Fitbit has released several fitness tracker updates in recent months. The Fitbit Versa 4 and Sense 2 don’t add much to the powers of their predecessors. However, the Fitbit Inspire 3 is a generational leap ahead of the Fitbit Inspire 2.
It’s one of the best fitness trackers around, especially if you want a low-fuss tracker with long battery life that you can forget you’re wearing for hours.
So should Fitbit Inspire 2 owners consider upgrading? And should you still buy the old model if you find it at a very strong price? We’ll look at the reasons to consider in this Fitbit Inspire 3 versus Inspire 2 comparison.
Price and availability
The Fitbit Inspire 3 arrived in September 2022, two years after the Inspire 2, which was released in September 2020.
Their original prices were very similar. The Inspire 2 cost $99.99/£89.99 at launch, while the Inspire 3 cost $99.99/£84.99.
However, these days you can get the Inspire 2 online for about half its original cost.
Design and display
The Fitbit Inspire 3 has a big visual upgrade over the Inspire 2, with the older version looking a little cheap and basic next to the new one in our opinion.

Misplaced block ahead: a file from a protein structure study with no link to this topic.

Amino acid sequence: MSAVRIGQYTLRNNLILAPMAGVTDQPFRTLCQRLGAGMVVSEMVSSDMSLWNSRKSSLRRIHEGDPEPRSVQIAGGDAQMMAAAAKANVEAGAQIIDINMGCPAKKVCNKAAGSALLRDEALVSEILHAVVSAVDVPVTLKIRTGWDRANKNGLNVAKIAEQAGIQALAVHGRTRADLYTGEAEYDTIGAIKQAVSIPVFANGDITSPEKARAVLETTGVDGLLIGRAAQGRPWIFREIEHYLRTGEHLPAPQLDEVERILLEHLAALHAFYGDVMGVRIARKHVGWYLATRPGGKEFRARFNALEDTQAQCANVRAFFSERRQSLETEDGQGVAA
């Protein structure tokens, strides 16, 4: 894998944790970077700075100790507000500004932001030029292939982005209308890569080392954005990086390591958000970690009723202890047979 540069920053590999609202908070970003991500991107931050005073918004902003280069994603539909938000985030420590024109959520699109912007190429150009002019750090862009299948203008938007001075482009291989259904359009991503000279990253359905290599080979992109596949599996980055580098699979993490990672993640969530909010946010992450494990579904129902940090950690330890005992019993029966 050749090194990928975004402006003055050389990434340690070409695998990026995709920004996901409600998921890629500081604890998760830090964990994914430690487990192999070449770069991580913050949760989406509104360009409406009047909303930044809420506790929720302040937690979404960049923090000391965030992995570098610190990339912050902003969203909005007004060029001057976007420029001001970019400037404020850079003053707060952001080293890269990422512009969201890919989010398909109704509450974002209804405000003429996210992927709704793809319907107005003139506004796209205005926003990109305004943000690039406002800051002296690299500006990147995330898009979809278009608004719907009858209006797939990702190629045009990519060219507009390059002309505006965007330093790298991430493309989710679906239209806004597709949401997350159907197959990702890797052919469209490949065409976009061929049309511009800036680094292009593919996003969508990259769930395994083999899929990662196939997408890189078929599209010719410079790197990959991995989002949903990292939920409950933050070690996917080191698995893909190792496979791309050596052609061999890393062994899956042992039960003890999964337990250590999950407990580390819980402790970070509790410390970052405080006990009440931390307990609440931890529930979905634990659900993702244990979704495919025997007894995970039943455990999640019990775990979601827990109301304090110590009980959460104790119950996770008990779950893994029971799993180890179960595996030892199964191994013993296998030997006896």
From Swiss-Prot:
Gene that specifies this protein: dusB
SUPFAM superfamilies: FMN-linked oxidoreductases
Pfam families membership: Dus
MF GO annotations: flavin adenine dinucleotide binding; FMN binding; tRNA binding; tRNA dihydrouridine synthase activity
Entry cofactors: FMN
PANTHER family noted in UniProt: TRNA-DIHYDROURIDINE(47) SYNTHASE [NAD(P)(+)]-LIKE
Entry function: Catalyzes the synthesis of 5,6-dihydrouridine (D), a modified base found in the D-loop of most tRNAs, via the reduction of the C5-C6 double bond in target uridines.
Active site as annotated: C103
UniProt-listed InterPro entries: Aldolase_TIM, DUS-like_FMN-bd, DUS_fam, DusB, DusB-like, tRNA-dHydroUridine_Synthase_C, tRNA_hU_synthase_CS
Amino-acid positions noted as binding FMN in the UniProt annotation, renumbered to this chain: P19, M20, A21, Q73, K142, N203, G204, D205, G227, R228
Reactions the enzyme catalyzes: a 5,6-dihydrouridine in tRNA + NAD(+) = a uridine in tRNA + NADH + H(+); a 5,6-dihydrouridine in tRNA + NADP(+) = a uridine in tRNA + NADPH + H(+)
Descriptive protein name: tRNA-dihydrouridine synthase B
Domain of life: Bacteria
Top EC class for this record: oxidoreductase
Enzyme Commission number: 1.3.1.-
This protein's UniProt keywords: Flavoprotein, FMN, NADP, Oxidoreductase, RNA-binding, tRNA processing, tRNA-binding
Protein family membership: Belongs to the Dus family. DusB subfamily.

While the Inspire 3 isn’t a masterpiece, the way the strap pieces interface with the body of the tracker is much sleeker, and we’re fans of the new orange and lilac colors Fitbit has used for this generation.
Many of the basics of the construction are the same, however. Both have plastic casings and silicone straps and use tougher glass protection for the display.
Only the Fitbit Inspire 3 can pull off the neat trick of matching the strap color to the color flavor of the default clock display, however, as the Inspire 2 has a simple monochrome screen.
This new color screen is the most obvious upgrade that the Inspire 3 offers. Although the screens are the same size (0.72 inches for the Inspire 2 and 0.76 inches for the 3), the new panel is light years ahead.
The 206 x 124 pixel resolution of the Inspire 3 looks much sharper than the 126 x 36 of the Inspire 2. The color OLED also gives the watch a clearer sense of personality. And, crucially, it’s also much brighter.
We found that the Inspire 2 can struggle with outdoor display visibility on brighter days, which isn’t really an issue in the Inspire 3. This is very important if you want to look at distance or speed stats on the go. on a run.
The Inspire 3 also has an ambient light sensor, which is used to automatically increase brightness during outdoor activity, and bring it back down when indoors in a dimmer environment. There is also an “always on” option, missing in the Inspire 2. This shows the clock face all day, so you can casually look at your tracker to see the time.
While there are some feature gaps between these two models, the differences aren’t that dramatic because the Inspire 2 and Inspire 3 have the same goal: They’re trying to be easy, low-maintenance trackers—not for marathon runners. request a training guide.